TikTok has a proper algorithm that gets you in front of eyeballs regardless of your follower count. None of my videos are runaway successes on TikTok, but half of the TikToks I posted to Twitter extremely well engaged with.
That tells me the developer content is good enough to get engagement, but I have not broken ranks out of the 689 million users on TikTok to get noticed by the algorithm using dumb git jokes. My quick experiments from 2 weeks ago proved that TikTok is worth leveraging but not worth investing a lot of time to growing a developer audience there for now.
I will still publish TikToks in the future, but I would expect less git jokes and more pizza jokes there (know your audience). I will continue to share my insight and behind the scenes experiences.https://www.tiktok.com/@bdougieyo
In this Level Up Tutorials series, we will learn to improve our developer workflow through automation. Let’s get started!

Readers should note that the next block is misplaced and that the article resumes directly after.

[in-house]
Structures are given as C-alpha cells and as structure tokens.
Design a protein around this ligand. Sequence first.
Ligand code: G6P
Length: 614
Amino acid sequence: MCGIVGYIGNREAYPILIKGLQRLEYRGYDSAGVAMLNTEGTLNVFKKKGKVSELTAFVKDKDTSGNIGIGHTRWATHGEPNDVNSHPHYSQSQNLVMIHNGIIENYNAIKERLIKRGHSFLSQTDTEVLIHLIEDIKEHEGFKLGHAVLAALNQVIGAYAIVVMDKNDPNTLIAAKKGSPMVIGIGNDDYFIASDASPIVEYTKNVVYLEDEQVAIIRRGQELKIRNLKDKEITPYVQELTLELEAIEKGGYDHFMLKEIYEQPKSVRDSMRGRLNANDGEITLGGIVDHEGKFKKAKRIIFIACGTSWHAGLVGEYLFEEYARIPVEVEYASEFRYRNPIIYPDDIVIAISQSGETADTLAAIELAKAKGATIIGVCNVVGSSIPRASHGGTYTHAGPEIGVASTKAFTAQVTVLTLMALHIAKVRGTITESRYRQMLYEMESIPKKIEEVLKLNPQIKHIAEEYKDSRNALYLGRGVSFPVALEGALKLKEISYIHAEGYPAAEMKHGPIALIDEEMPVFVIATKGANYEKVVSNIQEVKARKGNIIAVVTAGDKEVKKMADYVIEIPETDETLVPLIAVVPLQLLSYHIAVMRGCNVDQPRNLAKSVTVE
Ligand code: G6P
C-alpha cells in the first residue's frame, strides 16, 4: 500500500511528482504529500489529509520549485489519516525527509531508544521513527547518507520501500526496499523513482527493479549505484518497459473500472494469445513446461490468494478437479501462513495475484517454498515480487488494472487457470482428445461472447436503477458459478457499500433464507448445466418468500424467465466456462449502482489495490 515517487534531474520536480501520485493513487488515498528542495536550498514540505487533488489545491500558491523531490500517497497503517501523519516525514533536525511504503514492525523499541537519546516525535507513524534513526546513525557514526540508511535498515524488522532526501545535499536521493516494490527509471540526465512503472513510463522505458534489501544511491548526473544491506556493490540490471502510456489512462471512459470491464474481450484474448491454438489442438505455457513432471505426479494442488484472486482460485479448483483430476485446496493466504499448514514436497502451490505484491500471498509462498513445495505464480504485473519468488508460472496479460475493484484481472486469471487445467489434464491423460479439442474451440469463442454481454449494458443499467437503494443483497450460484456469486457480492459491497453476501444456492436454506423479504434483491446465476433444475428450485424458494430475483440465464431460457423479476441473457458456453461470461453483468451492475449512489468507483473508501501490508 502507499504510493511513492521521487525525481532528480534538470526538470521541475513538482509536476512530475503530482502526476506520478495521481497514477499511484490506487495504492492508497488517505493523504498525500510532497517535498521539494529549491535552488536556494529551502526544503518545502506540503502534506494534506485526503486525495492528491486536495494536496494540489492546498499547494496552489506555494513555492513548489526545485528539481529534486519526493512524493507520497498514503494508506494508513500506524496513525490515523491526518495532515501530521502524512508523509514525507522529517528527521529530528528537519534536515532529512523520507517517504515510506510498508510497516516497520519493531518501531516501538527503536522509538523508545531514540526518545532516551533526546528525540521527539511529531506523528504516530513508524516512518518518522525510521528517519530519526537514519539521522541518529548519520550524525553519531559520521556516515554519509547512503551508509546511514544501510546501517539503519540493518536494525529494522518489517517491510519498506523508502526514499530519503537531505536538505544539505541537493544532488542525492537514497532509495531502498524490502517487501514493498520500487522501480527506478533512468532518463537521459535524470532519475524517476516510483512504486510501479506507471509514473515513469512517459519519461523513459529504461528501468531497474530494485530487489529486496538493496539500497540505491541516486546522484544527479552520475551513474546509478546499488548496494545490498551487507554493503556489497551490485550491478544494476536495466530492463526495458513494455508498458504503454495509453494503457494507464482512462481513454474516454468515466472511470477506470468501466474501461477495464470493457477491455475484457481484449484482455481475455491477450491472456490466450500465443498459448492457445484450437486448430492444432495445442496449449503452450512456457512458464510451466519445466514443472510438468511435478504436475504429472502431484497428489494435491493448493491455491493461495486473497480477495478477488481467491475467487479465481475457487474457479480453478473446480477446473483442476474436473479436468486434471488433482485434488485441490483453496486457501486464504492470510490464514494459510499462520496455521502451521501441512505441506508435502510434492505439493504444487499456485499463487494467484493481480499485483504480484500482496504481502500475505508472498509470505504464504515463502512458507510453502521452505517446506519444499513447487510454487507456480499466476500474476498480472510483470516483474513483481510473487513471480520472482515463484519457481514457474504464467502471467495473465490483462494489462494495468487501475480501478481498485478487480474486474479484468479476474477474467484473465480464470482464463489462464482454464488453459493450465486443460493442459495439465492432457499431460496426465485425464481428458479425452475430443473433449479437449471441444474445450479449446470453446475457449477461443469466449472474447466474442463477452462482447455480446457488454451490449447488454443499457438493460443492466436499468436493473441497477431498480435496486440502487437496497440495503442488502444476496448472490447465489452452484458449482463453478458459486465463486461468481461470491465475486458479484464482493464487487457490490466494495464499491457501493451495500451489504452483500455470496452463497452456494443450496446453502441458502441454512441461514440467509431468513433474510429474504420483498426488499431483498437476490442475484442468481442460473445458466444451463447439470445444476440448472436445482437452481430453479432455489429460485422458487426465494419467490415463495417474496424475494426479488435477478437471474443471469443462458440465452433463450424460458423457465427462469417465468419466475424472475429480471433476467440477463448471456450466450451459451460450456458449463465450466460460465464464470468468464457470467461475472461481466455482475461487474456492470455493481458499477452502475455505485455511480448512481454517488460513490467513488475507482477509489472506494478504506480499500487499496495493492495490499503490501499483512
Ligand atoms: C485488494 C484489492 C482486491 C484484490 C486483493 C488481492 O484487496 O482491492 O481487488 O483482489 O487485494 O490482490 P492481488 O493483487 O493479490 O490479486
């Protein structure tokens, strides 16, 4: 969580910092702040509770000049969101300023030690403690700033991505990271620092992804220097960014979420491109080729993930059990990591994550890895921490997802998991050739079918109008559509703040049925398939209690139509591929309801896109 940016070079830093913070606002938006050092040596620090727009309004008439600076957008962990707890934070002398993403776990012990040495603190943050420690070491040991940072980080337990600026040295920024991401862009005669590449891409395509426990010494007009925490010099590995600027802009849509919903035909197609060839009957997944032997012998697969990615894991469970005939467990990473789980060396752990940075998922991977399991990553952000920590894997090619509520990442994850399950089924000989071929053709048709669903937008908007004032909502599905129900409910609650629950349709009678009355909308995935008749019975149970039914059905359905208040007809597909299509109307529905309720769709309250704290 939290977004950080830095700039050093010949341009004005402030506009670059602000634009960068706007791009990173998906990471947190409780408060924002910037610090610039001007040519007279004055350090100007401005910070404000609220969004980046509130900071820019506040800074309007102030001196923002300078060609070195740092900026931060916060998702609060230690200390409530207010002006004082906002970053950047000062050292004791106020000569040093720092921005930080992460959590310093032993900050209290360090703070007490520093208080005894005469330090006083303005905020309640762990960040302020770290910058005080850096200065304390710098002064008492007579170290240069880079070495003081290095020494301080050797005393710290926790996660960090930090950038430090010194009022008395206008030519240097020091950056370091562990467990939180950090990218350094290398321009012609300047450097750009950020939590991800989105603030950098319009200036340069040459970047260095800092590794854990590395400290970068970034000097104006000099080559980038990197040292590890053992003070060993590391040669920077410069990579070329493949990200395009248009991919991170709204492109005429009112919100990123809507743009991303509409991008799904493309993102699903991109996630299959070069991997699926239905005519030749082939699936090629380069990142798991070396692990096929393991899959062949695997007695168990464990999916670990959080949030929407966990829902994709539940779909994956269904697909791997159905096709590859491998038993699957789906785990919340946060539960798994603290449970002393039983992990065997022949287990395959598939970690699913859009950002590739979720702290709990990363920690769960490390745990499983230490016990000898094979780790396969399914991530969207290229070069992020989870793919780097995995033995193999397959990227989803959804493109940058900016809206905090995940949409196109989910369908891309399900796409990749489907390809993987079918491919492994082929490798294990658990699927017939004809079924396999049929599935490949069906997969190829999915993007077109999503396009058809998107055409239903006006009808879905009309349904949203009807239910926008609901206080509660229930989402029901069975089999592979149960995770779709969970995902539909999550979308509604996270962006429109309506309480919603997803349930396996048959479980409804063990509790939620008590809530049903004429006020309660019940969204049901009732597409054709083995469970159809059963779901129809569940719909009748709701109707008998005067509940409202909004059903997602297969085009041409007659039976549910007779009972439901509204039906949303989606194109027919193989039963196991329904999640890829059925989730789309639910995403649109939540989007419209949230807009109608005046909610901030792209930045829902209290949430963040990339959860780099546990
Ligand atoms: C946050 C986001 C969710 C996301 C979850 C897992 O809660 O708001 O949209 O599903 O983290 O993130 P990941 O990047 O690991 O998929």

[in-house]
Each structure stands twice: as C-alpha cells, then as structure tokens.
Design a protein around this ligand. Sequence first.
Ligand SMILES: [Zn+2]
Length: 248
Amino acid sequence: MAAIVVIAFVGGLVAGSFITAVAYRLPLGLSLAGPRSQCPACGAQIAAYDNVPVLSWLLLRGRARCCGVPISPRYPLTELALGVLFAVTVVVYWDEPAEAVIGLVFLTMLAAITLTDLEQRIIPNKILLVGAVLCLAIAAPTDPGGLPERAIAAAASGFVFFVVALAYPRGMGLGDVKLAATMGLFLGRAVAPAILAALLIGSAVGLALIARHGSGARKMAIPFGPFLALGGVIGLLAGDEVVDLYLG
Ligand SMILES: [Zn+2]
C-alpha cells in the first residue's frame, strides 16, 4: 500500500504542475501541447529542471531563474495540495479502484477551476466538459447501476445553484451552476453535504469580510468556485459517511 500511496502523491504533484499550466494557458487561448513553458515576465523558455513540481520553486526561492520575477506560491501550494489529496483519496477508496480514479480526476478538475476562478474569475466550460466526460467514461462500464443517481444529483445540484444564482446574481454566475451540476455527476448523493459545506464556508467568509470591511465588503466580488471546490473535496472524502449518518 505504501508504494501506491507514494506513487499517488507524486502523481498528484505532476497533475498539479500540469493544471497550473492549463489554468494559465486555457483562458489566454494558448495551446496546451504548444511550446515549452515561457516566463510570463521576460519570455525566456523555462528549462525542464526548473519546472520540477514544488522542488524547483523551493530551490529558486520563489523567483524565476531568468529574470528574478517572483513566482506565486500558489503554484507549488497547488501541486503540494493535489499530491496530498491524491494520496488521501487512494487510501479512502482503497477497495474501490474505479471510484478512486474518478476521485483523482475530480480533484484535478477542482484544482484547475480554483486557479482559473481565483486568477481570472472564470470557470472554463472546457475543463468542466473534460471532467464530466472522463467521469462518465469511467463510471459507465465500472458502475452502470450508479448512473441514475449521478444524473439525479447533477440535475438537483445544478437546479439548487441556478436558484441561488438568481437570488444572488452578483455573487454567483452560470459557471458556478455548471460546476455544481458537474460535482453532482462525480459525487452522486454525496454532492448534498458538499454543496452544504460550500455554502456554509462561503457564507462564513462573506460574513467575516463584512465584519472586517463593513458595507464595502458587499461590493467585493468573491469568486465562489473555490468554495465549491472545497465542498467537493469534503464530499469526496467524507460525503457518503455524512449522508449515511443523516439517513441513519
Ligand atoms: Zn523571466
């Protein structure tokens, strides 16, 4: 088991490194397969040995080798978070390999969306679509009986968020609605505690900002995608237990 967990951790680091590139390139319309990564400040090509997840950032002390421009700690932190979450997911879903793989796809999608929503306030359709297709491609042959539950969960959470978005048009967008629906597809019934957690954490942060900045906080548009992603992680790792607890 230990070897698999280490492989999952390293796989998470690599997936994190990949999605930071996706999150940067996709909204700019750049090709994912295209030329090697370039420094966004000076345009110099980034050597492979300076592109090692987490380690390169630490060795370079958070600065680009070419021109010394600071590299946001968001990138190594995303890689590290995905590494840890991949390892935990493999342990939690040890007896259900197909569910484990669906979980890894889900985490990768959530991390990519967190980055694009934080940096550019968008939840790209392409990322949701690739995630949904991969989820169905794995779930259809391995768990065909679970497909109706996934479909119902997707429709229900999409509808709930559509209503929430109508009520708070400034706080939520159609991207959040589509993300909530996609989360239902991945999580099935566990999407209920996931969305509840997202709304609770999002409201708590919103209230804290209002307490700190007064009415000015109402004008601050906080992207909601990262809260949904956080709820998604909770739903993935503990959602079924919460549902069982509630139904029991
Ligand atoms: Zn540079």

This video covers my story of how I got my first job and moved to San Francisco.
A 90 minute extended session titled “Getting Traction with GitHub Actions” at Open Source 101 2021.
In a recent session with Heavybit members, GitHub Staff Developer Advocate and JAMstack Radio host Brian Douglas shared how he’s leveraged new platforms and new formats to help GitHub reach larger and more diverse developer audiences, and how to implement some of his tactics in your own developer content strategies.
While GraphQL is an elegant protocol and schema language, client libraries today typically come with large API footprints. We aim to create something more lightweight instead. Join bdougie and Phil (from Formiddable) in learning the latest in consuming GraphQL.
Brian Douglas is a Staff Developer Advocate at GitHub. He talks to Scott about his journey (and YOUR journey) into Open Source and community! Anyone can do it!
The gang talks about their favorite software and hardware as developers. Brian Douglas joins to share his unique and open GitHub Actions flow.
This talk will cover how existing projects use GitHub Action to hope that all projects, despite their size, can benefit collectively from knowledge sharing. The benefit of Actions is that the majority are shareable and open source. Plan to leave this talk with ideas on how you can automate new portions of your software development pipeline for production.